Antithrombin Aptamer ARC183

Heparin has been used extensively, and almost exclusively, as the anticoagulant during cardiac surgery, including CABG procedures. The reasons for its use are related to low cost, ease of monitoring (by activated clotting time (ACT)), reversibility (using protamine) and lack of a suitable anticoagulant replacement. There are, however, several limitations to the use of heparin, including: a long halflife requiring protamine to be used as an antidote; heparin-induced thrombocytopenia in 2-5% of patients exposed; significant non-specific plasma binding; he-parin cannot inhibit clot bound thrombin; and heparin has been associated with platelet aggregation and dysfunction (Warkentin and Greinacher, 2003; Adler, 2004). Moreover, protamine has been associated with immune-mediated reactions, and its short half-life (~5 min) may result in unopposed heparin effects post operatively (Butterworth et al., 2002). The adverse properties and limitations of heparin with protamine illustrate that this combination of agents is not ideal for anticoagulation during cardiac surgery. Consequently, a number of newer, higher cost anticoagulants, such as low-molecular-weight heparins and Angiomax (Bivalirudin), are being developed for this market. However, these compounds have similar side effects and their anticoagulation activity cannot be reversed rapidly. There is a significant unmet medical need for a safe, moderate-cost anticoagulant that does not require a separate reversing agent.

The antithrombin aptamer drug ARC183 (Archemix Corp) is a thrombin inhibitor in development for use as an anticoagulant during CABG procedures (Bock et al., 1992). ARC183 is an all-DNA molecule, 15 nucleotides in length, and comprised entirely of G and T residues having the following sequence: 5' GGT TGG TGT GGT TGG 3'. NMR studies performed by Wang et al (1993) indicate that ARC183 folds into a stable "chair-like" structure as depicted in Fig. 17.3.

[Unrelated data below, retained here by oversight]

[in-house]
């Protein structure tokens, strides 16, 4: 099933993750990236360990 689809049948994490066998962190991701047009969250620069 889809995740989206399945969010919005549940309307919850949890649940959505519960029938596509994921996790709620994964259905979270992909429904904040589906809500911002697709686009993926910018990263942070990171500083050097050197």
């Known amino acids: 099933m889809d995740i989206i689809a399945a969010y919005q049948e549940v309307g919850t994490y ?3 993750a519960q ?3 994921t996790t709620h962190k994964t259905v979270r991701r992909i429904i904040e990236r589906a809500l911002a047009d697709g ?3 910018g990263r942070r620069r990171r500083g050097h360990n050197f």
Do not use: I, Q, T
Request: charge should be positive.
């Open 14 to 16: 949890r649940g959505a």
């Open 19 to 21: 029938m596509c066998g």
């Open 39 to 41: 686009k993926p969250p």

Fig. 17.3 Folded structure of antithrombin aptamer ARC183.

ARC183 exhibits a Kd of 2nmol/L for thrombin, 50nmol/L for prothrombin, and binding to other serum proteins or proteolytic enzymes is essentially undetectable (Bock et al., 1992). It is a strong anticoagulant in vitro, and inhibits throm-bin-catalyzed activation of fibrinogen, and thrombin-induced platelet aggregation. ARC183 has key advantages in that it is a specific inhibitor with rapid onset, is effective at inhibiting clot-bound thrombin and has a short in vivo half-life that allows for rapid reversal of its effects and the avoidance of the dose-adjusting complications of heparin and protamine (Lee et al., 1995). Neither significant toxici-ties nor excessive bleeding intraoperatively have been observed in preclinical studies (DeAnda et al., 1994).

ARC183-dependent anticoagulation occurs within minutes (Griffin et al., 1993; Lee et al., 1995). It is a potent anticoagulant in dog and monkey models of cardiopulmonary bypass, yielding dose-dependent ACT values of 1500 s, at a 0.5 mg/ kg/min dose (DeAnda et al., 1994). ARC183 exhibits a very short functional half-life in vivo of ~2min, thus allowing for rapid reversal of the anticoagulant effects (Lee et al., 1995). It is cleared through the action of serum nucleases (Shaw et al., 1995) and through renal elimination. No acute toxicities have been observed, nor did ARC183 show any evidence of genotoxicity in preclinical testing. These findings indicate that the agent will continue to show an improved efficacy and safety profile over that of heparin. Clinical trials of ARC183 began in 2004.


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